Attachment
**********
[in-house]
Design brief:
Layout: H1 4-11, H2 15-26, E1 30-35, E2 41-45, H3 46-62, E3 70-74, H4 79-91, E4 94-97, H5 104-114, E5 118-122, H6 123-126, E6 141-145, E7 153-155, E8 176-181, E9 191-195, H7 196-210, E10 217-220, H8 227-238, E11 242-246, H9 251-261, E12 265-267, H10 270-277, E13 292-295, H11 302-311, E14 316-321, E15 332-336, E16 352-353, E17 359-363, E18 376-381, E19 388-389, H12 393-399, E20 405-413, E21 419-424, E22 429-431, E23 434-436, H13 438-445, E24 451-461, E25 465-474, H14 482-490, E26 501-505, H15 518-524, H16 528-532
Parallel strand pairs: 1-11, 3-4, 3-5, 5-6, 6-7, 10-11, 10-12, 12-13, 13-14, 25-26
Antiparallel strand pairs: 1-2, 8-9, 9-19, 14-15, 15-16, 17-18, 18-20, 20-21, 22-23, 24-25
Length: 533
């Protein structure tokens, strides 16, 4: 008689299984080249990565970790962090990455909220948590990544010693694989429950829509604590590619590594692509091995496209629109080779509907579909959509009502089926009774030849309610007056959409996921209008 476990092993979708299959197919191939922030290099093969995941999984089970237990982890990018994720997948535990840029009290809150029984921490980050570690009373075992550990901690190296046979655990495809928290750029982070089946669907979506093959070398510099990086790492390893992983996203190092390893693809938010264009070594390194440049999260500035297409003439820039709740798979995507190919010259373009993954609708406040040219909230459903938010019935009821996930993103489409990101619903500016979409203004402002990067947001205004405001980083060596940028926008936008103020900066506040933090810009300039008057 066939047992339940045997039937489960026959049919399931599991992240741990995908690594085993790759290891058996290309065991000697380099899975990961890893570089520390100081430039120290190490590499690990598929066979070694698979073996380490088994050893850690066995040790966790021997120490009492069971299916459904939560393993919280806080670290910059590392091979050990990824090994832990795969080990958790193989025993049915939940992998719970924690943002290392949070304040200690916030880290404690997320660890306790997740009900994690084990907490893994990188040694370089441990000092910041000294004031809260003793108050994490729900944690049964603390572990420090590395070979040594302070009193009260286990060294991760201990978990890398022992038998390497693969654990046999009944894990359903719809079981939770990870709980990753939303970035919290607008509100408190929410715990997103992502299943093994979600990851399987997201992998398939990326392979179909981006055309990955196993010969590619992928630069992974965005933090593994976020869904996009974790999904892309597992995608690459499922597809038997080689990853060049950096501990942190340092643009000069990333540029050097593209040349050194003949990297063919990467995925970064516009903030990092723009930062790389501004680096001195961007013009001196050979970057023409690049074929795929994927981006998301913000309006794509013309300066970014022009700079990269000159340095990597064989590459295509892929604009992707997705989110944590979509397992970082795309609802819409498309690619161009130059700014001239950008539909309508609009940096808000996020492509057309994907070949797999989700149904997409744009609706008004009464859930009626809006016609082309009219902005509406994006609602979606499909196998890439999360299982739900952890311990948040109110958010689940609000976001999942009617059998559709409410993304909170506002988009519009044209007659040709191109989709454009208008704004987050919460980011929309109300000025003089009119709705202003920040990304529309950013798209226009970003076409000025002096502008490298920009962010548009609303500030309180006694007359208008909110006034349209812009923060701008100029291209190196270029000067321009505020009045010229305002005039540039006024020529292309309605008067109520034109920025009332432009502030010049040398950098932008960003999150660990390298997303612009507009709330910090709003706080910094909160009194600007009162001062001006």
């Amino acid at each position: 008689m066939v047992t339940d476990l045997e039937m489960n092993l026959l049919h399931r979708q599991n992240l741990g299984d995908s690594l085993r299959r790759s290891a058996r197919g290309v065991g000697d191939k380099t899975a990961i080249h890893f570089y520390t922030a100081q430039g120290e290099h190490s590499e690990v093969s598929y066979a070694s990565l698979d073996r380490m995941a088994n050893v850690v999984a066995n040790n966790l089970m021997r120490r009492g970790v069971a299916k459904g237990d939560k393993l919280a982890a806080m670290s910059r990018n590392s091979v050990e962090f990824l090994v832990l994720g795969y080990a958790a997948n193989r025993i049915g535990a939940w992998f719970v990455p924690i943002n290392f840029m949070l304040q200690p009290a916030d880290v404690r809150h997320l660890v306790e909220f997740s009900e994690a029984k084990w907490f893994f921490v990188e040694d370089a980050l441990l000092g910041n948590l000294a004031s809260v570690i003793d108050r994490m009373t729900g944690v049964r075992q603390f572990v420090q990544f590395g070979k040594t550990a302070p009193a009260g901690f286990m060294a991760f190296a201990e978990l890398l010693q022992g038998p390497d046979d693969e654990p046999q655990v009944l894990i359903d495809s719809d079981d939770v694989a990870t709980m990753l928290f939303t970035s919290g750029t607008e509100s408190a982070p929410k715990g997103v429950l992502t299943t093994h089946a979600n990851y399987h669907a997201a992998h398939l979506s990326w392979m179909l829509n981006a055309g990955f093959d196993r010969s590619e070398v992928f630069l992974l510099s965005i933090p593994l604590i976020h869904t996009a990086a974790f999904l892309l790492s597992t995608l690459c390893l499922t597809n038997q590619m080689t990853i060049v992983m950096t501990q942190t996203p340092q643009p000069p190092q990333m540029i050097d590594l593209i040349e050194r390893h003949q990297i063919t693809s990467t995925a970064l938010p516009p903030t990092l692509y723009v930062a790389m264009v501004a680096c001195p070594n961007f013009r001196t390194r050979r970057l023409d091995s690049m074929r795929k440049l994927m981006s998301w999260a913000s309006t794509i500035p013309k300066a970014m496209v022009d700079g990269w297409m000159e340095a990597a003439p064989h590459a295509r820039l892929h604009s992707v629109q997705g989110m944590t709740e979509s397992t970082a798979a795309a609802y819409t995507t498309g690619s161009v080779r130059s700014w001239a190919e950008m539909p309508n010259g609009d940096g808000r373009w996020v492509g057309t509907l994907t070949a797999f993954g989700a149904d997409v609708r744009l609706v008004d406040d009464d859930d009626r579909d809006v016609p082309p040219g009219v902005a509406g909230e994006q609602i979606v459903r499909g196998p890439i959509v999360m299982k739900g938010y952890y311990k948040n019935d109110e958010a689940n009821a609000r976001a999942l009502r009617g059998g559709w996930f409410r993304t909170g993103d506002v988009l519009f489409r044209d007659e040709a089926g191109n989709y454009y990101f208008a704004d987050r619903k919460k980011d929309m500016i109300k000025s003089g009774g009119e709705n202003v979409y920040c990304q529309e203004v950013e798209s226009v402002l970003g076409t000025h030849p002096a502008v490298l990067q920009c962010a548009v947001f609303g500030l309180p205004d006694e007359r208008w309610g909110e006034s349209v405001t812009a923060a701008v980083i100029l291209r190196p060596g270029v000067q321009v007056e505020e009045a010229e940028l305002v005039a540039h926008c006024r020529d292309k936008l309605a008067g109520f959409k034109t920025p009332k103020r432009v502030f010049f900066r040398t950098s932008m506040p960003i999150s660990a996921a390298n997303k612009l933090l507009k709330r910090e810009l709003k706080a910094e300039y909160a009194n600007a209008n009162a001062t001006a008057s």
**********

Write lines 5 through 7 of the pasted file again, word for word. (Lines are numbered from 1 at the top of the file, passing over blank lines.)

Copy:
Antiparallel strand pairs: 1-2, 8-9, 9-19, 14-15, 15-16, 17-18, 18-20, 20-21, 22-23, 24-25
Length: 533
């Protein structure tokens, strides 16, 4: 008689299984080249990565970790962090990455909220948590990544010693694989429950829509604590590619590594692509091995496209629109080779509907579909959509009502089926009774030849309610007056959409996921209008 476990092993979708299959197919191939922030290099093969995941999984089970237990982890990018994720997948535990840029009290809150029984921490980050570690009373075992550990901690190296046979655990495809928290750029982070089946669907979506093959070398510099990086790492390893992983996203190092390893693809938010264009070594390194440049999260500035297409003439820039709740798979995507190919010259373009993954609708406040040219909230459903938010019935009821996930993103489409990101619903500016979409203004402002990067947001205004405001980083060596940028926008936008103020900066506040933090810009300039008057 066939047992339940045997039937489960026959049919399931599991992240741990995908690594085993790759290891058996290309065991000697380099899975990961890893570089520390100081430039120290190490590499690990598929066979070694698979073996380490088994050893850690066995040790966790021997120490009492069971299916459904939560393993919280806080670290910059590392091979050990990824090994832990795969080990958790193989025993049915939940992998719970924690943002290392949070304040200690916030880290404690997320660890306790997740009900994690084990907490893994990188040694370089441990000092910041000294004031809260003793108050994490729900944690049964603390572990420090590395070979040594302070009193009260286990060294991760201990978990890398022992038998390497693969654990046999009944894990359903719809079981939770990870709980990753939303970035919290607008509100408190929410715990997103992502299943093994979600990851399987997201992998398939990326392979179909981006055309990955196993010969590619992928630069992974965005933090593994976020869904996009974790999904892309597992995608690459499922597809038997080689990853060049950096501990942190340092643009000069990333540029050097593209040349050194003949990297063919990467995925970064516009903030990092723009930062790389501004680096001195961007013009001196050979970057023409690049074929795929994927981006998301913000309006794509013309300066970014022009700079990269000159340095990597064989590459295509892929604009992707997705989110944590979509397992970082795309609802819409498309690619161009130059700014001239950008539909309508609009940096808000996020492509057309994907070949797999989700149904997409744009609706008004009464859930009626809006016609082309009219902005509406994006609602979606499909196998890439999360299982739900952890311990948040109110958010689940609000976001999942009617059998559709409410993304909170506002988009519009044209007659040709191109989709454009208008704004987050919460980011929309109300000025003089009119709705202003920040990304529309950013798209226009970003076409000025002096502008490298920009962010548009609303500030309180006694007359208008909110006034349209812009923060701008100029291209190196270029000067321009505020009045010229305002005039540039006024020529292309309605008067109520034109920025009332432009502030010049040398950098932008960003999150660990390298997303612009507009709330910090709003706080910094909160009194600007009162001062001006």